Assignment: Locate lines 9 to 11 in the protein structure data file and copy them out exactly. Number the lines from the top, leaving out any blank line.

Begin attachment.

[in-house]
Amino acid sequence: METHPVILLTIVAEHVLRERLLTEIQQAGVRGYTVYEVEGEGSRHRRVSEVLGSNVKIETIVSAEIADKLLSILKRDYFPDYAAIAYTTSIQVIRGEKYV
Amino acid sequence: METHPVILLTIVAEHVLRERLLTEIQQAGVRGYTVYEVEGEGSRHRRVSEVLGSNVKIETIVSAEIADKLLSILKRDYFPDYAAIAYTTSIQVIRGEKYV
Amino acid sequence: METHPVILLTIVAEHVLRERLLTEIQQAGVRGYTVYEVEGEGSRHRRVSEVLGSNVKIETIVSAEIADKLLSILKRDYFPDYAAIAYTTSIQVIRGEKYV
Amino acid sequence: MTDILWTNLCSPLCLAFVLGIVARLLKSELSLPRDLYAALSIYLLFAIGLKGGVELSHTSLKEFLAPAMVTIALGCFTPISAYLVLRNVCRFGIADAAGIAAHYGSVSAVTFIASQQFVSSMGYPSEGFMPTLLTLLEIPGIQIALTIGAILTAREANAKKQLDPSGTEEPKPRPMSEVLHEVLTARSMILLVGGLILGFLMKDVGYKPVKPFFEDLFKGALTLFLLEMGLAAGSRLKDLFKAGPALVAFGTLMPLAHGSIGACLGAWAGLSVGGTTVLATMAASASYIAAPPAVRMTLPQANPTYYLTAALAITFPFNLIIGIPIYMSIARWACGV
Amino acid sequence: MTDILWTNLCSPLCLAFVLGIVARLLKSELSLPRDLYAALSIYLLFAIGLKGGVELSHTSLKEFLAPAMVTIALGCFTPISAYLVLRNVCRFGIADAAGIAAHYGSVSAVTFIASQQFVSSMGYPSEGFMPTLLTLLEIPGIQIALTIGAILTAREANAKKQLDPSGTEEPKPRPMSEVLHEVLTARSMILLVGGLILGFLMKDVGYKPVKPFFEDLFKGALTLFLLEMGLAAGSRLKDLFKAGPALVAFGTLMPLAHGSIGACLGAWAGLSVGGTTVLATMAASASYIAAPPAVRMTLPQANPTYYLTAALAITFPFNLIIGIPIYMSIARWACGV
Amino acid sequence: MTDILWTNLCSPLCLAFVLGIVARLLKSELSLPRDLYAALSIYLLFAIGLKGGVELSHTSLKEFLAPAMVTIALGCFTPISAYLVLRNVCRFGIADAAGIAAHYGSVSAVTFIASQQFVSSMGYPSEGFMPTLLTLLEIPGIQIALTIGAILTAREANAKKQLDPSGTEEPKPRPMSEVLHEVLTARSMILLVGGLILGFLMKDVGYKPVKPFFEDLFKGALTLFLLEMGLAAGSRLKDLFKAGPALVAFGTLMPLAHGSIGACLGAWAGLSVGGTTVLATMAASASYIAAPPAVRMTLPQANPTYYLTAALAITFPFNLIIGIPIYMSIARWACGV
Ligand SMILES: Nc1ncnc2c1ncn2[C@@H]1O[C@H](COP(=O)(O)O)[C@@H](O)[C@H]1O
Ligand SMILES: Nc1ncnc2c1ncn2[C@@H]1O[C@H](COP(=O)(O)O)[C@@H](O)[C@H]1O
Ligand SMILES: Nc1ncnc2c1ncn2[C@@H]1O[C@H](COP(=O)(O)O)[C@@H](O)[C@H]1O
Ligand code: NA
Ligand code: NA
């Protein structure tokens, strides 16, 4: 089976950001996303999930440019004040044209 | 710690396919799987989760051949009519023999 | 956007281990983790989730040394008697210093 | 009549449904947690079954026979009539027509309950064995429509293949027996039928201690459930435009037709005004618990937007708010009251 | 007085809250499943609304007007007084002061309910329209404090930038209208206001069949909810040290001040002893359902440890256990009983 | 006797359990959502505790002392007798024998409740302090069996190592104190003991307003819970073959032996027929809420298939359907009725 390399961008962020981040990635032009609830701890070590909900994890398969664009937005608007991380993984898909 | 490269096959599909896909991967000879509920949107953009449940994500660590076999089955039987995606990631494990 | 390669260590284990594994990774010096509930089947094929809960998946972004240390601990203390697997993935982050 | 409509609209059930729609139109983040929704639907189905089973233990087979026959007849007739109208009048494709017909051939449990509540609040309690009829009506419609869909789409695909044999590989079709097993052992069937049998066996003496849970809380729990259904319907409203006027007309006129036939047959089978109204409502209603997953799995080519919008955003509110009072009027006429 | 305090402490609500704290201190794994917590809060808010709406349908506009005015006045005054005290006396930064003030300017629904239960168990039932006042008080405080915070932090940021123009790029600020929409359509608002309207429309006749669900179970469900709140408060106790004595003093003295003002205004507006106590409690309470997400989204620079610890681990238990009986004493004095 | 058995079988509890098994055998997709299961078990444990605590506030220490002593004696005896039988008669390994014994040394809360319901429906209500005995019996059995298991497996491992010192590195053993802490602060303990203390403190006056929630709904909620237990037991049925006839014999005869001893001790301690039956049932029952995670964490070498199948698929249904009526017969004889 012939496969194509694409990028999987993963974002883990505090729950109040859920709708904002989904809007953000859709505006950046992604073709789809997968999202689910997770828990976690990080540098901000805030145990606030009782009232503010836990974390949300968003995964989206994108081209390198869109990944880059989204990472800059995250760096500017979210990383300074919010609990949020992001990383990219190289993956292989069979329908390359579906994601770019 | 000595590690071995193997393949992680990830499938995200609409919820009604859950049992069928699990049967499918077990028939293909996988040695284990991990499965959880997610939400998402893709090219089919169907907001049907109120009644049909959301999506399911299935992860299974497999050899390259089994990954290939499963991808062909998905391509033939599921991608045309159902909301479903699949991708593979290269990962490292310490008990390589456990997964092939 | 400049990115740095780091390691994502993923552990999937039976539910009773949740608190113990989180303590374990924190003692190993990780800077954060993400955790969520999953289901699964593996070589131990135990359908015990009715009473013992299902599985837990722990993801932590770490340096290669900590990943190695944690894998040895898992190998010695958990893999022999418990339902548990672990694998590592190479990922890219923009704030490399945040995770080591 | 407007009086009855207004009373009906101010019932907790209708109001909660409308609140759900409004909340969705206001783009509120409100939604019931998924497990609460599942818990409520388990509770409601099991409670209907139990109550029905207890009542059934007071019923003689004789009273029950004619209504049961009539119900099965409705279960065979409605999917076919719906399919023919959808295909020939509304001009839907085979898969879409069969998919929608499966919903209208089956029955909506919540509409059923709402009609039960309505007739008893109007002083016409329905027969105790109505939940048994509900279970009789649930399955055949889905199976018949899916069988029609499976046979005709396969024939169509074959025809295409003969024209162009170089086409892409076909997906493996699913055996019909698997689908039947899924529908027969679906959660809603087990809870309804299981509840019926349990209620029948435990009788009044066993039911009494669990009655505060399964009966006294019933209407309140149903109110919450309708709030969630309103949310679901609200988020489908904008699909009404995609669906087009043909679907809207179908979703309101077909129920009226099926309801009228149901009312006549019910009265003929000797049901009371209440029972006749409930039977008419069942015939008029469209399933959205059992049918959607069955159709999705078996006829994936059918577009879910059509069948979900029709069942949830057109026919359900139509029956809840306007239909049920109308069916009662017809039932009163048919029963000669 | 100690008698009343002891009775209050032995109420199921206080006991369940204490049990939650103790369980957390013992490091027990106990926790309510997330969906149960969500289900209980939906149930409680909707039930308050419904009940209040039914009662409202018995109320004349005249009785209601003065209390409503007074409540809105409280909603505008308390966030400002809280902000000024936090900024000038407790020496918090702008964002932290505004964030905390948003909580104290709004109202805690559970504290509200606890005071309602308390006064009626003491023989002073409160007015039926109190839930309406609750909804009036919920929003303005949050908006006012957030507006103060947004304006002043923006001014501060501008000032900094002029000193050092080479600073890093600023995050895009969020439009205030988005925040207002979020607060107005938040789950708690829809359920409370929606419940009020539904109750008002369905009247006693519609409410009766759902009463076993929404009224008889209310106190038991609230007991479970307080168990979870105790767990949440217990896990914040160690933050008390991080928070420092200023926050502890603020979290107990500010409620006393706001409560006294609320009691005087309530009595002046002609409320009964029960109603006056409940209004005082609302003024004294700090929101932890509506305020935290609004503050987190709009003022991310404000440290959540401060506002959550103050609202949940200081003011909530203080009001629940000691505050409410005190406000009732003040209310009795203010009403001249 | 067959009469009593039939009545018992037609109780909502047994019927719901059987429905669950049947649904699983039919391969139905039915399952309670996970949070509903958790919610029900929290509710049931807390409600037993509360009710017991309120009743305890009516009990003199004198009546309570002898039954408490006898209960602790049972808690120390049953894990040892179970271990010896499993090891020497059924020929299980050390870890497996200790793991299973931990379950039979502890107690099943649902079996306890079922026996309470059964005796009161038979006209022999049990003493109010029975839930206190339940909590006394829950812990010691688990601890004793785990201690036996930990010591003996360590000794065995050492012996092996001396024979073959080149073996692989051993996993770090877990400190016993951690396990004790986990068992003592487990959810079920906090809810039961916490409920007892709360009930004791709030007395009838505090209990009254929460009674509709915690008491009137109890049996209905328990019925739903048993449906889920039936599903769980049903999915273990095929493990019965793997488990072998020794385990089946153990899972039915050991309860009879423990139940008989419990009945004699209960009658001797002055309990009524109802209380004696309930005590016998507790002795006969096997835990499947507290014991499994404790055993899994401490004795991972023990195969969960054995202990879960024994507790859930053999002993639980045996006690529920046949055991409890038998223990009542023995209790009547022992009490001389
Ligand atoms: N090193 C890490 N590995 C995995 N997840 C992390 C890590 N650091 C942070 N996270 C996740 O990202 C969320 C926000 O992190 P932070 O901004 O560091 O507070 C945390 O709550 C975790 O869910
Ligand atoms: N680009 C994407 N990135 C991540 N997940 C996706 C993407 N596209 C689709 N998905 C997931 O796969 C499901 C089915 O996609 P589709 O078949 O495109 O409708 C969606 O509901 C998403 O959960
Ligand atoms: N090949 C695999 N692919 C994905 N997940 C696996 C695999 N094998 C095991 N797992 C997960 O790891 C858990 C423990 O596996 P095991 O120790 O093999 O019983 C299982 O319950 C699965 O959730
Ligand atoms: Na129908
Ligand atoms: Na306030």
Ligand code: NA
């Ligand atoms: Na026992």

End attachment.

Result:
Ligand SMILES: Nc1ncnc2c1ncn2[C@@H]1O[C@H](COP(=O)(O)O)[C@@H](O)[C@H]1O
Ligand SMILES: Nc1ncnc2c1ncn2[C@@H]1O[C@H](COP(=O)(O)O)[C@@H](O)[C@H]1O
Ligand code: NA